Sadly, the U.S. Supreme Court’s recent Windsor decision, in attacking moral opposition to homosexuality as irrational hate, may well be the template for many courts’ judgments on everything with respect to homosexuality, not just marriage. As noted in an earlier article on the animus standard, the Supreme Court did not really defend the idea that moral opposition to homosexuality is irrational, only establish a legal fiction that it must be irrational because the court chose to say that the “liberty” and “equal protection” of the Fifth and Fourteenth Amendments mandate that homosexuals as a class not be “disadvantaged,” and any justification used for legal inequality is only a pretext for hostility. Thus any legal protection that accommodates the notion that homosexuality is evil will be thrown out as incorporating irrational hate into law. No “rational reason” for opposing homosexual practice exists, because none is allowed. Whatever the special needs of homosexuals, they must be accommodated, in more or less the same spirit as the handicapped are under the Americans with Disabilities Act (ADA), not penalized. A similar argument applied to the drug culture would require all laws against the use of drugs to be declared unconstitutional.
Faithful Christians do face the prospect of becoming an underclass, excluded from business and the professions because of their beliefs. Such a radical change in the (formerly free) world we live in, in which it is legally required that citizens facilitate sin, in which American authority is hostile (however sympathetic individual officials, such as the New Mexico Supreme Court justice, profess themselves to be), in which traditional morality is condemned as immoral by a new morality of “dignity” and “inclusion,” and in which many people do in fact compromise, may leave many Christians confused, unable to formulate their own positions concerning conscientious objection to immoral state and/or professional association requirements. The worst result of this will be if otherwise orthodox Christian believers simply shake their heads at such a radical change, and provide goods and services that facilitate immorality. We can only withdraw so far from the world, but anything that directly facilitates sin is something we cannot engage in regardless of the penalty. This is the clear command of Scripture (e.g., Matt. 18:6-9, and II Cor. 6:17). The early Christians would have understood they could not offer a pinch of incense to the emperor’s statue; and in general Christians have accepted death, imprisonment, or exile if that was the price of obeying God. To compromise rather than take the penalty is first of all sinful, but will also have the effect of changing belief over time with many people (surely an intended effect of legal coercion).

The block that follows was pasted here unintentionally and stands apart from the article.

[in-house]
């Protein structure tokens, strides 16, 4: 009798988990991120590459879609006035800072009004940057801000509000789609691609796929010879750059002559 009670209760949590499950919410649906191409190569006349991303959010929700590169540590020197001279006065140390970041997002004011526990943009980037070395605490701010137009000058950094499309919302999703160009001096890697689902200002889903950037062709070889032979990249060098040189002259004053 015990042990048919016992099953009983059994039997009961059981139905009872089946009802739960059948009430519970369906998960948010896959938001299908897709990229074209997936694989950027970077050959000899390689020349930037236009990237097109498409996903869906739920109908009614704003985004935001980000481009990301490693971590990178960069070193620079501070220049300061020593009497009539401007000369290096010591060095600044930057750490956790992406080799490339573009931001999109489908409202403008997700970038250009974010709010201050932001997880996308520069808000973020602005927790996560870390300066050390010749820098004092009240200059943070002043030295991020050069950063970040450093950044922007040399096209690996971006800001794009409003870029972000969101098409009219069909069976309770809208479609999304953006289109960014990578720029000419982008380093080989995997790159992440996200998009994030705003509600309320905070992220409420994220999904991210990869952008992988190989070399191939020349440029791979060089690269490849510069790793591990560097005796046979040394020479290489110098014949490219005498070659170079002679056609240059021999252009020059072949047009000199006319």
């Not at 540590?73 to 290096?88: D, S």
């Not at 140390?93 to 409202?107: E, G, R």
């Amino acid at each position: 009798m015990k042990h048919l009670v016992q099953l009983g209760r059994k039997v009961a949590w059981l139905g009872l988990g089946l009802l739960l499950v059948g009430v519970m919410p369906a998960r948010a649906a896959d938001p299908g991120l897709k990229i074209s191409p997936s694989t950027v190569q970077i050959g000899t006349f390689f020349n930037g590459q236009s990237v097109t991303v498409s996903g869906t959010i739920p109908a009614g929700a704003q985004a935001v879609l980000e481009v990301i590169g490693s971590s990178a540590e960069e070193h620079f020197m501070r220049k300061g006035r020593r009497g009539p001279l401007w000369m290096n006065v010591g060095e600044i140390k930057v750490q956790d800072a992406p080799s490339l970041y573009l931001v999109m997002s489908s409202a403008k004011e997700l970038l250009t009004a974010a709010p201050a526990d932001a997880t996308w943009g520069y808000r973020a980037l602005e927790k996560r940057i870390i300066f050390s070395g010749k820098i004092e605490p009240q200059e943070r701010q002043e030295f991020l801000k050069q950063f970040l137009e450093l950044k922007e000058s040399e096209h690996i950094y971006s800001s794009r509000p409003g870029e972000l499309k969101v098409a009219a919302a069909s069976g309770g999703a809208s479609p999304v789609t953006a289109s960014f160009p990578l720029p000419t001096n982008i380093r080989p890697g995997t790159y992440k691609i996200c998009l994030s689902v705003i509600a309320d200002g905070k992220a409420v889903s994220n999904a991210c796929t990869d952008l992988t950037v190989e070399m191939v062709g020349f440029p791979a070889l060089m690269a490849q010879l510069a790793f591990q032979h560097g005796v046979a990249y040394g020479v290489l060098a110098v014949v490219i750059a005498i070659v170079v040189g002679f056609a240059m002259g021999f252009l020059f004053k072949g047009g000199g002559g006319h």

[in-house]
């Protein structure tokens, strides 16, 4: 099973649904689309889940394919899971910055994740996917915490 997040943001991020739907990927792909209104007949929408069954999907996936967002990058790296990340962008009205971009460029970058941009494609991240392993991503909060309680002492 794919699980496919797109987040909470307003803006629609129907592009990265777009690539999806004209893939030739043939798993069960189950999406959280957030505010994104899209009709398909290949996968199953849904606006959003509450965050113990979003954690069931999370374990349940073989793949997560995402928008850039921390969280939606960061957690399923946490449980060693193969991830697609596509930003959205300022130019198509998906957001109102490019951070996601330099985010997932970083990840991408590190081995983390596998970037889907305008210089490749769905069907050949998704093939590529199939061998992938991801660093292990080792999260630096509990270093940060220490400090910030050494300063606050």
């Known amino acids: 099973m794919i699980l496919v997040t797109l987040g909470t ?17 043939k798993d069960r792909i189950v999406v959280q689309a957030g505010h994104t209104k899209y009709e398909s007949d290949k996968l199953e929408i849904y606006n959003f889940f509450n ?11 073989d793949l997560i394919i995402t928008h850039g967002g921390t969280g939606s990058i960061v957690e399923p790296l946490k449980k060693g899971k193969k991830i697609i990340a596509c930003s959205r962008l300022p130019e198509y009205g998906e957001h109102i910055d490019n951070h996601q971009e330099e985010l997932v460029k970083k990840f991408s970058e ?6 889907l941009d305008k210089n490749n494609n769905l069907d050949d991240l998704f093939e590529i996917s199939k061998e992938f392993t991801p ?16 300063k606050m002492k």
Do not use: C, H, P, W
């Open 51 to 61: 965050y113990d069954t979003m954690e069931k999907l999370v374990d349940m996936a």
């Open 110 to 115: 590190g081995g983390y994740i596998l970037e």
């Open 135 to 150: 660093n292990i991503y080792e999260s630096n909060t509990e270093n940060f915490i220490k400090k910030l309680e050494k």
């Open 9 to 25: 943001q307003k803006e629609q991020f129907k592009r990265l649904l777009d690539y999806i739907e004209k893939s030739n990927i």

The outcome of the legal struggle over liberty of conscience against facilitating homosexual practice is ongoing and still undecided, but cases have not gone well either in this country or in other western societies. Reasonable accommodation to the religious conscience against homosexuality is not made, or is often inadequate. It is enormously helpful in any struggle to see the light of day at the end of the tunnel, but that is exactly what is not now evident. Eventual accommodation, either in law, or in tacit understandings in practice, will be more likely the more people that refuse to compromise (on homosexuality, and also on other contested moral issues, such as abortion). We should realize that what concessions to the sexual revolution that are made only make the social radicals spearheading the revolution more emboldened and gives authorities less reason for accommodating the religious conscience. But the point of legally recognized conscience objection is to accommodate consciences that simply cannot compromise. The more refusal there is to comply with immoral rules, the more powerful the pragmatic argument for accommodation becomes. But even this is only an added consideration to the absolute, and entirely sufficient consideration that we must obey God, and not facilitate sin, regardless of the penalty of noncompliance or the loss of livelihood in avoiding situations in which sin must be facilitated.